My grateful thanks to Dr Wilkinson for giving me the privilege of hosting this article that gives us a wonderful insight into the early life of Henriette d'Angleterre, the daughter of Charles I, and later wife of Philipe d'Orleans, brother of Louis XIV of France. Dr Wilkinson's last two books have been on Louis XIV… Continue reading Henriette: a Sketch of a Childhood – by Dr Jo Wilkinson
In 1492 Christopher Columbus (1451 – 1506) sailed under the Spanish flag and discovered a whole new land. Six years later the Portuguese explorer, Vasco de Gama (1460 – 1524) reached India’s Malabar coast, which had been a centre of trade between Arab and far eastern merchants for at least fifteen hundred years. Columbus’s voyage west… Continue reading Monkey business at 16th century royal courts
Finally, after three hundred and fifty years, a woman artist has risen to the ranks of those artists and sculptors who are known by a single name, Leonardo, Michelangelo, Raphael, Titian, Tintoretto, Veronese, Botticelli, Donatello, Rodin, Picasso – all of them men. The work of Artemisia Gentileschi (1593 - 1654/56) is currently being exhibited at… Continue reading ARTEMISIA!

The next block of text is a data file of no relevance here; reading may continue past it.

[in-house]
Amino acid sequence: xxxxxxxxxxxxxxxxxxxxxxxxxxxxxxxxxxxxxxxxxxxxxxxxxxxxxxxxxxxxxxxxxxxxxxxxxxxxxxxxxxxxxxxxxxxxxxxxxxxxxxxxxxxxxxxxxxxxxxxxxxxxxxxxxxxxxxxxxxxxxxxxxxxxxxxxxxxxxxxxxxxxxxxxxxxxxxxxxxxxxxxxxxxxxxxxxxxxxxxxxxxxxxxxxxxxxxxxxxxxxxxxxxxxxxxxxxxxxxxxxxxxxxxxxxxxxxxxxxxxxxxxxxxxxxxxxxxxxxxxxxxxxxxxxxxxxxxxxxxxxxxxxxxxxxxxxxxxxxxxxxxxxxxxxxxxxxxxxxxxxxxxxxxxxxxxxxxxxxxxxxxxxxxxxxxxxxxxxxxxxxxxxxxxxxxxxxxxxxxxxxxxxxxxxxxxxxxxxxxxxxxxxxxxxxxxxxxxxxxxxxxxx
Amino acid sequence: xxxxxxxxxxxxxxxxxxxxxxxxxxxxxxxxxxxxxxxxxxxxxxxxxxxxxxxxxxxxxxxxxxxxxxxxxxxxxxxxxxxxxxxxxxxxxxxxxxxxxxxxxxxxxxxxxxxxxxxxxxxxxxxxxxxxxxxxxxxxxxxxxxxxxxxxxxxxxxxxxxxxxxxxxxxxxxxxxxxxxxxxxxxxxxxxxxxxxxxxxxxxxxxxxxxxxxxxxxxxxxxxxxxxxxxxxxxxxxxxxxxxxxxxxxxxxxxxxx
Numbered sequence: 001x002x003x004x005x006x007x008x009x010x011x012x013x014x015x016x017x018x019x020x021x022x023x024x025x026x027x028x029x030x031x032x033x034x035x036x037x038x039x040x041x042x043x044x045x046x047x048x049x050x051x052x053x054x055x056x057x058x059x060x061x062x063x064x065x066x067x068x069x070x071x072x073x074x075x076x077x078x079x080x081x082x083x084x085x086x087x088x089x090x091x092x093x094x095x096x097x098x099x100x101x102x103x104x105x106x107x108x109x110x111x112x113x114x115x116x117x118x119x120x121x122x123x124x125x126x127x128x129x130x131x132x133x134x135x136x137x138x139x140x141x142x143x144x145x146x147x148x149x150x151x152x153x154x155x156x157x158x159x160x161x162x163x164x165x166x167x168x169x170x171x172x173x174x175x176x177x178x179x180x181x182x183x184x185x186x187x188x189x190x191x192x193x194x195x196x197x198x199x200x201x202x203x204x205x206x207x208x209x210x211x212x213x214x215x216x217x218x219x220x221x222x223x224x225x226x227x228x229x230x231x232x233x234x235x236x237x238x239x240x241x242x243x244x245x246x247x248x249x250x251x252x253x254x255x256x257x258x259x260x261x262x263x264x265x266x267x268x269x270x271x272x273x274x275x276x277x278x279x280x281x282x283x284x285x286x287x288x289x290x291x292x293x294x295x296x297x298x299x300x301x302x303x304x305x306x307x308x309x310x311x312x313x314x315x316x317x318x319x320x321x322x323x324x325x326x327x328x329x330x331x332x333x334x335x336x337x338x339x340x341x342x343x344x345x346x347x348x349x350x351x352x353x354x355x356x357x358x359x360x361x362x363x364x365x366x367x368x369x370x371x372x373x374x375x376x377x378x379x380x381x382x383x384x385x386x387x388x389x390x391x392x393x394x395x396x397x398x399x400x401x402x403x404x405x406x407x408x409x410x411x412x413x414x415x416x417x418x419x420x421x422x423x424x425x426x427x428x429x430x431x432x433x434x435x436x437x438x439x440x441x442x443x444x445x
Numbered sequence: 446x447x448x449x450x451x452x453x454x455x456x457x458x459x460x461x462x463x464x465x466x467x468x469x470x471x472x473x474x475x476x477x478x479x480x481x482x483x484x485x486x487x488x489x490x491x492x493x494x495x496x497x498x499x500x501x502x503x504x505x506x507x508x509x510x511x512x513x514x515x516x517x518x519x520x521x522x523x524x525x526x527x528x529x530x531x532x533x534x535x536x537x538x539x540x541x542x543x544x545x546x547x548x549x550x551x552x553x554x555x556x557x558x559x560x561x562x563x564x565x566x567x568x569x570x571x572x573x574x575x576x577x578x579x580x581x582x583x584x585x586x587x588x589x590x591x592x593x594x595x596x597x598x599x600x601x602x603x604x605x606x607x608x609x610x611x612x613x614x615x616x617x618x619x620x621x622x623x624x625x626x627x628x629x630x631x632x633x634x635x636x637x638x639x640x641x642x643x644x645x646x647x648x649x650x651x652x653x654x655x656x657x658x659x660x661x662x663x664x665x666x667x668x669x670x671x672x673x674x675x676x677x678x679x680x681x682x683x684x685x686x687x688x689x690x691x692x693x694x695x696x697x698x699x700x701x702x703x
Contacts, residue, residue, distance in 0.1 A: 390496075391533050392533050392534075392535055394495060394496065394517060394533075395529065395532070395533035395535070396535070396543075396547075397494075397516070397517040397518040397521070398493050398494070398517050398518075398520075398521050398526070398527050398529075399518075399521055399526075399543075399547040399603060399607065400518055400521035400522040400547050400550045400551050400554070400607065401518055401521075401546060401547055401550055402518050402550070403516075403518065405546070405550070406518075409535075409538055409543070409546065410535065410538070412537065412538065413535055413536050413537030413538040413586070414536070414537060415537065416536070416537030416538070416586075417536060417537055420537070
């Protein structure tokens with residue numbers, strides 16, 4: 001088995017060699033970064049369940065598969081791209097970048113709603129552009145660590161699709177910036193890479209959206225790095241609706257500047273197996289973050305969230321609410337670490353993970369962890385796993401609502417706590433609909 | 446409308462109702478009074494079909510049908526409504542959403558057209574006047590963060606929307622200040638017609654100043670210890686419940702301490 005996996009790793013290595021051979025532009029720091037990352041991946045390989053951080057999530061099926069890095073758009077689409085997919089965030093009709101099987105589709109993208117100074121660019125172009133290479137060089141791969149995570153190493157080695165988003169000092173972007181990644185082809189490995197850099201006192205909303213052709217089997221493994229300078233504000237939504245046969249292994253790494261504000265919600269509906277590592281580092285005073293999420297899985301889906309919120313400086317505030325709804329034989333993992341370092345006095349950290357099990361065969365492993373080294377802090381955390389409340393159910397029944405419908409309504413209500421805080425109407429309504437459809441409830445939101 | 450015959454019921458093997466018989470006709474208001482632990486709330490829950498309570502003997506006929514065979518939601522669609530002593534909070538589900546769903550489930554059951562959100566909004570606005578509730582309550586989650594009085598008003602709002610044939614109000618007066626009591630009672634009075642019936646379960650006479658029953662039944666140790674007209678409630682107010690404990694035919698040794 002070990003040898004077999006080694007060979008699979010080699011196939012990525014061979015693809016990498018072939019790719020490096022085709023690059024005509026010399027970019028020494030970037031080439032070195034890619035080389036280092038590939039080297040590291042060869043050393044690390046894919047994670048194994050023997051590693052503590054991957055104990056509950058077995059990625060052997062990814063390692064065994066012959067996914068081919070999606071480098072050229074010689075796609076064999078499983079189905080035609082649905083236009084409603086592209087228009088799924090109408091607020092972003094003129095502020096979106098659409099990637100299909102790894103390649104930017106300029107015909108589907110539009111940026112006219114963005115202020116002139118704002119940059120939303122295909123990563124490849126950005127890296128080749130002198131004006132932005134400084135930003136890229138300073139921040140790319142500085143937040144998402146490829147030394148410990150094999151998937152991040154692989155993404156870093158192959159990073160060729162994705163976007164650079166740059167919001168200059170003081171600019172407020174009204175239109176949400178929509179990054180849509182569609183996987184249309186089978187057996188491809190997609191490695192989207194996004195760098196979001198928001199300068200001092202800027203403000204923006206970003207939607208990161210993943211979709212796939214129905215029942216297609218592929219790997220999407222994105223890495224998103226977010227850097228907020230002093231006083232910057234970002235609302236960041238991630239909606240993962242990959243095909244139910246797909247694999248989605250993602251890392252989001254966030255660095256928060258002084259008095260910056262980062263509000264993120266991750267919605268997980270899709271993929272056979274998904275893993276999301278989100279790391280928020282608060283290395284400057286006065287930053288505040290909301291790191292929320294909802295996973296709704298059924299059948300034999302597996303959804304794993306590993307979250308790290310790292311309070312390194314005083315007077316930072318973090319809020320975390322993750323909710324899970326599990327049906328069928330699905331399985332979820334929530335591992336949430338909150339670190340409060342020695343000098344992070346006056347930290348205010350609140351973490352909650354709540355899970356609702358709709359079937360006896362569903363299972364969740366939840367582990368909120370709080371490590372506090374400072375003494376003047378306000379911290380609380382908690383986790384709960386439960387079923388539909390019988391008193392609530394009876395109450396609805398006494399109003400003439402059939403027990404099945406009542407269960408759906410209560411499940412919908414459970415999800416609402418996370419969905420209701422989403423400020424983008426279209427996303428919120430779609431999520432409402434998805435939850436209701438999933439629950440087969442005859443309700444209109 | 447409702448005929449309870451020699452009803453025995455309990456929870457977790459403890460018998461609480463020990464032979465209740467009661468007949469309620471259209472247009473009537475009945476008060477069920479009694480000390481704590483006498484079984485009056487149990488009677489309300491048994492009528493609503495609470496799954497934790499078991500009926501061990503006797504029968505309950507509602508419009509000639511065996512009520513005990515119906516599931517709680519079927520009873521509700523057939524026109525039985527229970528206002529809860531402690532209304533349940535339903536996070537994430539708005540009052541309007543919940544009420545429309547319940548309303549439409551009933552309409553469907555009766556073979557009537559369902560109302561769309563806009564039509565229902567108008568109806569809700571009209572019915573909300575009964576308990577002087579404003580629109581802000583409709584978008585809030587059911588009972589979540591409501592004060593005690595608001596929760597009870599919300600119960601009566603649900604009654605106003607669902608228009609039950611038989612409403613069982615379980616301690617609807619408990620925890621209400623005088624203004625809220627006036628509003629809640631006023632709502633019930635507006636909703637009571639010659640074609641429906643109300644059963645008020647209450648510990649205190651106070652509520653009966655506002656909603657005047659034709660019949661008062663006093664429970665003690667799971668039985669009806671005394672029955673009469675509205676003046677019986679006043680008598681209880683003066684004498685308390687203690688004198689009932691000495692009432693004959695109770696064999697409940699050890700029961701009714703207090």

Just over twelve months ago I posted a short article on a painting held in a private collection. The owner describes his painting as ‘A unique, mysterious, unrecognised, unidentified painting’. The owner has a dedicated website (a link is in the footnote)[i] in the hope that someone will identify the subject matter, artistic attribution and provenance. … Continue reading Solve the puzzle of this 16th c painting for a £5,000 reward! An update.
Gill Whitlock’s story, "What Fools!" , demonstrates just how examining an original will can inspire writers to delve deeper into the life of the testator. Gill isn’t the first to see the possibility that Shakespeare’s daughter may have had a hand in creating some of the early Shakespeare plays, but she is the first (as far… Continue reading The Importance of Wills and Other Original Documents.